Prosecutors called Pecker, who flashed a big grin before laying out his responsibilities as a supermarket tabloid publisher from 1999 to 2020, as their first witness. Trump switched his gaze from looking ahead and turned to face his former ally when he took the stand, jotting down notes.

Pecker, who received immunity in Cohen’s 2018 federal case that led to the ex-fixer’s conviction and prison sentence, told jurors he reviewed covers — “the only thing that was important” — and that any stories that cost more than $10,000 had to get his signoff.

“I had the final say on the celebrity side of the industry,” Pecker said. “We used checkbook journalism and paid for stories.”

Pecker is expected to share more about his role on Tuesday and is the first character of many in the salacious hush money saga jurors are expected to hear from — possibly including Trump, should he follow through on his promise to testify. If so, prosecutors can ask him about a bevy of other cases that went horribly for him, Manhattan Supreme Court Justice Merchan ruled Monday.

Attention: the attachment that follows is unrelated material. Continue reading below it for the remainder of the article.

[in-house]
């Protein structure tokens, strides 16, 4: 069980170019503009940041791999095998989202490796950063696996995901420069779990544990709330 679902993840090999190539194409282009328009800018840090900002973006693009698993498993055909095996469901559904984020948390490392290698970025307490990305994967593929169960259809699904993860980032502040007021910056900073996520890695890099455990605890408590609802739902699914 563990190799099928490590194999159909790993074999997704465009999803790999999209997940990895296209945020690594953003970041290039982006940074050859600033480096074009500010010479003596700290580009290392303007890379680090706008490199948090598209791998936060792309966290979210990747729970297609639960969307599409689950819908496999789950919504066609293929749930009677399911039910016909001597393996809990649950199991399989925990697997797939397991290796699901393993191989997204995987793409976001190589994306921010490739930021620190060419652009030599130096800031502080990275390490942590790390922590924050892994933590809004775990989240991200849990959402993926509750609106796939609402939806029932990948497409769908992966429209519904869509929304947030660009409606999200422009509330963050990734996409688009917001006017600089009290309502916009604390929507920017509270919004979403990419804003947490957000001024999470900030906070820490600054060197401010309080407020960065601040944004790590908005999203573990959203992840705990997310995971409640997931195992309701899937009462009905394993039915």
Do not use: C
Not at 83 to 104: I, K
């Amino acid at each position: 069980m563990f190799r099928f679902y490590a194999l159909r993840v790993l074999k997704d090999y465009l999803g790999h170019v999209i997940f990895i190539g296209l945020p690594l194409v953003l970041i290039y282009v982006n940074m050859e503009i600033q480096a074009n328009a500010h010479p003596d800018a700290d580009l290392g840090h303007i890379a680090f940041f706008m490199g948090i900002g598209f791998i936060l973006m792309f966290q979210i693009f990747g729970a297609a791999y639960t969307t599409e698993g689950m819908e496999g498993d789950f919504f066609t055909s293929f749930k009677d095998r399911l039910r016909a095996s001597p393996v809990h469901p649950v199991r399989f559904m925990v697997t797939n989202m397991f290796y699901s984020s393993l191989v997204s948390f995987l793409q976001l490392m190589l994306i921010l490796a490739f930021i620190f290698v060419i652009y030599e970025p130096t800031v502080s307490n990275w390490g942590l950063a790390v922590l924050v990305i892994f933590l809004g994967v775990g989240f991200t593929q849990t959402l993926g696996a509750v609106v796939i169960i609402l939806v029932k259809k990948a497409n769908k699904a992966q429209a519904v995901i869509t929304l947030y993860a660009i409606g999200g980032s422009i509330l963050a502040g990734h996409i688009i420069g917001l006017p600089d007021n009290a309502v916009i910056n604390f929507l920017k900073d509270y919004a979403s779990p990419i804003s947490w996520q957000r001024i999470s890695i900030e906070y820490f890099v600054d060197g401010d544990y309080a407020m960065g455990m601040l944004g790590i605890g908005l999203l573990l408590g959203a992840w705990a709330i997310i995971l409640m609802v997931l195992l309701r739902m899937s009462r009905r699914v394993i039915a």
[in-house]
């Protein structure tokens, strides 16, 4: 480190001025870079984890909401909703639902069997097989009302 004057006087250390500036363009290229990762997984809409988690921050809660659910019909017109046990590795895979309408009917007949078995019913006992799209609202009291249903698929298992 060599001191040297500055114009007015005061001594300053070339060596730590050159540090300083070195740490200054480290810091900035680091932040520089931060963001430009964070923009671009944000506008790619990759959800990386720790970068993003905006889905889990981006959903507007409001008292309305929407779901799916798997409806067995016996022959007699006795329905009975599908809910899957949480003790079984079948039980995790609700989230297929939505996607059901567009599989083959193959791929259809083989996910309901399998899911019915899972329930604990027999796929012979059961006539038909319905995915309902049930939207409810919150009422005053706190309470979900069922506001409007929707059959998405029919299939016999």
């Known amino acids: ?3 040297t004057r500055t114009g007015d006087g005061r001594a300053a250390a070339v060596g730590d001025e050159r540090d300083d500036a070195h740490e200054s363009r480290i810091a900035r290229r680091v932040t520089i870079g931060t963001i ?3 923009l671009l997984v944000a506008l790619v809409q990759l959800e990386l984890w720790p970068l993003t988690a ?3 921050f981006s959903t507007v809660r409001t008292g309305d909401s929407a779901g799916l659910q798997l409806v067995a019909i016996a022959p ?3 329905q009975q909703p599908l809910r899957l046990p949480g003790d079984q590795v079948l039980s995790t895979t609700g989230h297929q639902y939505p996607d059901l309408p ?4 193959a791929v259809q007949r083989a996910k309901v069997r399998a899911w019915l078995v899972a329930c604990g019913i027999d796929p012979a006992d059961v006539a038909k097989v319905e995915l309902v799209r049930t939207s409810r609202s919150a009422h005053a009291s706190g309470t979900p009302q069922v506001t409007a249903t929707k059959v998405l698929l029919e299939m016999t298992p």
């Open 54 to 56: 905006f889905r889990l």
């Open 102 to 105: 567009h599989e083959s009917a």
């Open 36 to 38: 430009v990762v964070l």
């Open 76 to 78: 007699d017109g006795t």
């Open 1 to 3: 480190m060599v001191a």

As he vies for the presidency once again, Trump, 77, faces 88 felony counts across four states alleging crimes that started the year before he won the White House and ran until the year he left. In the other cases, he’s denied that he plotted to subvert democracy and illegally hoarded classified documents.

He returned to his trial after an arduous first week in which he was threatened with sanctions for potentially violating a gag order prohibiting public criticisms of trial participants, which Merchan is expected to consider on Tuesday.

In a nine-minute rant after proceedings wrapped, the displeased-looking ex-prez said the trial was going “very well” and that there was nothing wrong with classifying reimbursement for hush money as legal fees.

“What else would you call it?” Trump said. “In the book, it’s a little lie.”